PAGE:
Aviva Canada is considering whether to seek leave to appeal to the Supreme Court of Canada after the New Brunswick Court of Appeal ruled last week that the insurer must pay a Catholic diocese about $3.4 million towards costs of settling sexual abuse claims dating back to the 1950s.
“There is no question that victims of sexual abuse must be taken care of,” Aviva told Canadian Underwriter in a statement Monday, but added the claims dispute “was about reimbursing the Catholic Church for voluntary payments it made to victims of the crimes perpetrated by its former priests. The Church should not be insured for amounts paid voluntarily for reasons that have nothing to do with insurance coverage.”
From 1957 through 1983, predecessors to Aviva wrote liability policies for L’Évêque catholique romain de Bathurst, a corporation that oversees several churches in northeastern New Brunswick. Church officials first heard allegations in the early 1960s that one priest in particular (sentenced in 2010 to eight years in jail for abuse dating back to 1958) was sexually abusing boys.
Several lawsuits were filed in the early 2000s against the diocese, which in 2008 sought coverage from Aviva. Aviva denied coverage on the basis of an exclusion for intentional acts.
But in its unanimous ruling released Oct. 18, 2018, Aviva Insurance Company of Canada v. L’Évêque catholique romain de Bathurst, New Brunswick’s appeal court said Aviva must reimburse the diocese for the cost of settling claims. The court awarded the diocese $3.4 million.
The province’s appeal court overturned a ruling released Oct. 7, 2016 by Judge Stephen McNally of the Court of Queen’s Bench of New Brunswick. Although McNally made some findings against Aviva, he ultimately sided with the insurer.
McNally supported Aviva’s argument that the payments made by the church to settle the claims were not liabilities imposed by law because it was a conciliation process and not done the way lawsuits are normally settled. Judge McNally noted the claims were “sought out by the Diocese by open and public invitation in the churches.”
The diocese paid $4.284 million to survivors as a result of the conciliation process and another $2.88 million to survivors who opted out of that process.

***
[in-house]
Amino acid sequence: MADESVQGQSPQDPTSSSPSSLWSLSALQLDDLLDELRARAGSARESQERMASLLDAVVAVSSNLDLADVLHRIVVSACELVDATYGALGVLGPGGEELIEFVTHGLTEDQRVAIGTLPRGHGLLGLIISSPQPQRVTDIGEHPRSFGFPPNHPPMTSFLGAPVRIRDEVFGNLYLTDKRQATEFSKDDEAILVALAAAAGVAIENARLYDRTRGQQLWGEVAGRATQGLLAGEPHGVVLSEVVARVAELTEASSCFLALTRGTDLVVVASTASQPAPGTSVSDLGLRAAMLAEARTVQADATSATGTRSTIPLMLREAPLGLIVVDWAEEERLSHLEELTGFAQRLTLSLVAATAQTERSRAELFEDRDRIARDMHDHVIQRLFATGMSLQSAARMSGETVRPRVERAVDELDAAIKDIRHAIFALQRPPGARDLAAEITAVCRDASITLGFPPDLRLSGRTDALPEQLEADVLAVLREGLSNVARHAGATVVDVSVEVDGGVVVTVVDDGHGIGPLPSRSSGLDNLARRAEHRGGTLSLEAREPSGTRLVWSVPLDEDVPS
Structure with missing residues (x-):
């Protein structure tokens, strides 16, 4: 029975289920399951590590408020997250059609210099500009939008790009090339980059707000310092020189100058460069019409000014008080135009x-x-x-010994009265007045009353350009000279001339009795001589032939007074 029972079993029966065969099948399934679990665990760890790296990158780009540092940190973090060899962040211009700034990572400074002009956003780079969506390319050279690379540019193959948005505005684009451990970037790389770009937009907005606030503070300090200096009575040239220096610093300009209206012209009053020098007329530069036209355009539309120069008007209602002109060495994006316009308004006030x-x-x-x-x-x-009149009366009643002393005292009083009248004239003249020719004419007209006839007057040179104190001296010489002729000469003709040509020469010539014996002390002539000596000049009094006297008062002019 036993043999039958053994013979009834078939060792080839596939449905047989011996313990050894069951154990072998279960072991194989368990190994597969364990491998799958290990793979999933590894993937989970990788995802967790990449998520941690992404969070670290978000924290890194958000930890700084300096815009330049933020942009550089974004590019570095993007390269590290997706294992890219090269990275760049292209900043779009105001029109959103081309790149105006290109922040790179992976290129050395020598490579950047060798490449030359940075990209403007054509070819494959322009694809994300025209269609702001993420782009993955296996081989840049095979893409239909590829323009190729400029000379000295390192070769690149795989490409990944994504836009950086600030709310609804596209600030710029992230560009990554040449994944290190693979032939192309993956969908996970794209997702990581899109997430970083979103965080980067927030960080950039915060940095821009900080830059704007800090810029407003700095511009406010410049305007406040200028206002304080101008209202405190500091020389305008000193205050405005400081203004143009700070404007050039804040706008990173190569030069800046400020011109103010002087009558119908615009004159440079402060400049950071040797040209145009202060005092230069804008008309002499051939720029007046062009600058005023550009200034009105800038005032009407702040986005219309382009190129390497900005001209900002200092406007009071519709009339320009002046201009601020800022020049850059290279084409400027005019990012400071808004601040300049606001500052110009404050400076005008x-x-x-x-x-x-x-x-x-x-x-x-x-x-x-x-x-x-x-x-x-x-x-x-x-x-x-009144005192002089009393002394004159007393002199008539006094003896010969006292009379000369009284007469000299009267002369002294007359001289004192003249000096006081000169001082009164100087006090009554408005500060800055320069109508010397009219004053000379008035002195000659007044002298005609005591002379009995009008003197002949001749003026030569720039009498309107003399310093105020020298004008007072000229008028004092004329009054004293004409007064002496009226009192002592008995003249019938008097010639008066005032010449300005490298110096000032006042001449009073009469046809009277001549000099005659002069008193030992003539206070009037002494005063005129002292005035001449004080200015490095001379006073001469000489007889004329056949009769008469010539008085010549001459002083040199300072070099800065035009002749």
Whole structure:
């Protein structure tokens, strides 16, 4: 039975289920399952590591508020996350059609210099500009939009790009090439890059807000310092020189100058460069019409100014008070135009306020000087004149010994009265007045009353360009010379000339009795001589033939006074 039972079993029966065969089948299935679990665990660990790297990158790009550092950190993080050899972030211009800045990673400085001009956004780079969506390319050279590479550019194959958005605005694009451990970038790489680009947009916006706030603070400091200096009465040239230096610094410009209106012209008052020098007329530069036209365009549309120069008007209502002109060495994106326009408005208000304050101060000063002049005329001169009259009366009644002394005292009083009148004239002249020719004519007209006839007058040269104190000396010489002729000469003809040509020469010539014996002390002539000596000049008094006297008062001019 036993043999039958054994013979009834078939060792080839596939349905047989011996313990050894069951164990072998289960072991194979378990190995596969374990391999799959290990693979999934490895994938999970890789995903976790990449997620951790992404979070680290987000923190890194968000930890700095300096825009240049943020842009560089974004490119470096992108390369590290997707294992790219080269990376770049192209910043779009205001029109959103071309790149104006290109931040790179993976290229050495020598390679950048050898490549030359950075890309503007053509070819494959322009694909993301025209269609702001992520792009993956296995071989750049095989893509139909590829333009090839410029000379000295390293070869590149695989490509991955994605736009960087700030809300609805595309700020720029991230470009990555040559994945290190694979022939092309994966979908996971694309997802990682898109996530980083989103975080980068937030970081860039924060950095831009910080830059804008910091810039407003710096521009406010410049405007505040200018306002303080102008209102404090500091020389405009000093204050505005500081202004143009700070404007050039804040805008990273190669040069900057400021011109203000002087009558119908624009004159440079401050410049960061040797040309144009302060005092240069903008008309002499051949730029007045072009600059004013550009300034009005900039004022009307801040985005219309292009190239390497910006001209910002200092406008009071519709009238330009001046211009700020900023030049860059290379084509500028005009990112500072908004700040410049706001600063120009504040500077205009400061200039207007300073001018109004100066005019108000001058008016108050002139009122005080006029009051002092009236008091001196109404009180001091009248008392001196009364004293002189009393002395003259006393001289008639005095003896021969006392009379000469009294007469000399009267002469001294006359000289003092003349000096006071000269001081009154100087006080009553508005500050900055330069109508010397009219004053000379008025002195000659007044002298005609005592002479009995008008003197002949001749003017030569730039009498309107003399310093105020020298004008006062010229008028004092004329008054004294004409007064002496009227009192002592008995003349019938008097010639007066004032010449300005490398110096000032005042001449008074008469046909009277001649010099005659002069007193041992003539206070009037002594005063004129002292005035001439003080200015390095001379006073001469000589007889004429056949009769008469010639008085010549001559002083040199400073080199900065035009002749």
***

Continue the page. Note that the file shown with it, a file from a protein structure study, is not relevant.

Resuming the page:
When the conciliation process was started, there were fewer than five survivors saying they were abused but at the end of the process there were more than 100, McNally wrote. Survivors were given the benefit of the doubt in their stories (unless there was something found to contradict it) and no standard of proof was applied to assess the diocese’s legal obligation to pay survivors, McNally added.
But that does not mean Aviva is off the hook, the three judges hearing the appeal (Margaret Larlee, Kathleen Quigg and Chief Justice of New Brunswick Marc Richard) ruled.
Quoting both Canadian and American case law, Richard said a commercial client who has been denied coverage on a liability claim “may be excused from defending a claim to trial and has the right to ‘buy peace at a reasonable price,’ even where the insured might not have been liable at law for the claim.”
An “abandoned insured,” Richard added, “is free to engage in a settlement process, and/or agree to a settlement, that is reasonable considering the factual matrix at play.”
Aviva’s statement to Canadian Underwriter Monday reports the insurer is “reviewing” its “legal options in pursuit of a potential appeal of the court’s decision.”
In his verdict after the trial in Moncton in 2015, Court of Queen’s Bench judge McNally disagreed with Aviva’s contention that the diocese made a material misrepresentation in applying for insurance. He also disagreed with Aviva’s argument that an exclusion clause for intentional acts should apply. Aviva argued the bishops could have foreseen that priests known to have committed sexual abuse could re-offend. But that does not mean the bishops actually intended for the abuse to occur, McNally countered.
Aviva was notified in 2008 that the diocese was seeking coverage for lawsuits arising from sexual abuse, which church officials had been aware of in the early 1960s.
The policies in question were issued between 1957 and 1975 by Canadian General Insurance Company and between 1980 and 1983 by Commercial Union Assurance Company. L’Évêque catholique romain de Bathurst was incorporated in 1939 by the province.
Appearing as an expert witness for the diocese was Frank Szirt, who had various senior underwriting roles at Crum and Forster Canada in the 1970s and 1980s. Szirt testified that until the mid 1980s, underwriters would not normally ask employers about the risk of sexual abuse committed by their employees and also the clients would not have been expected to disclose incidents of sexual abuse to their insurers.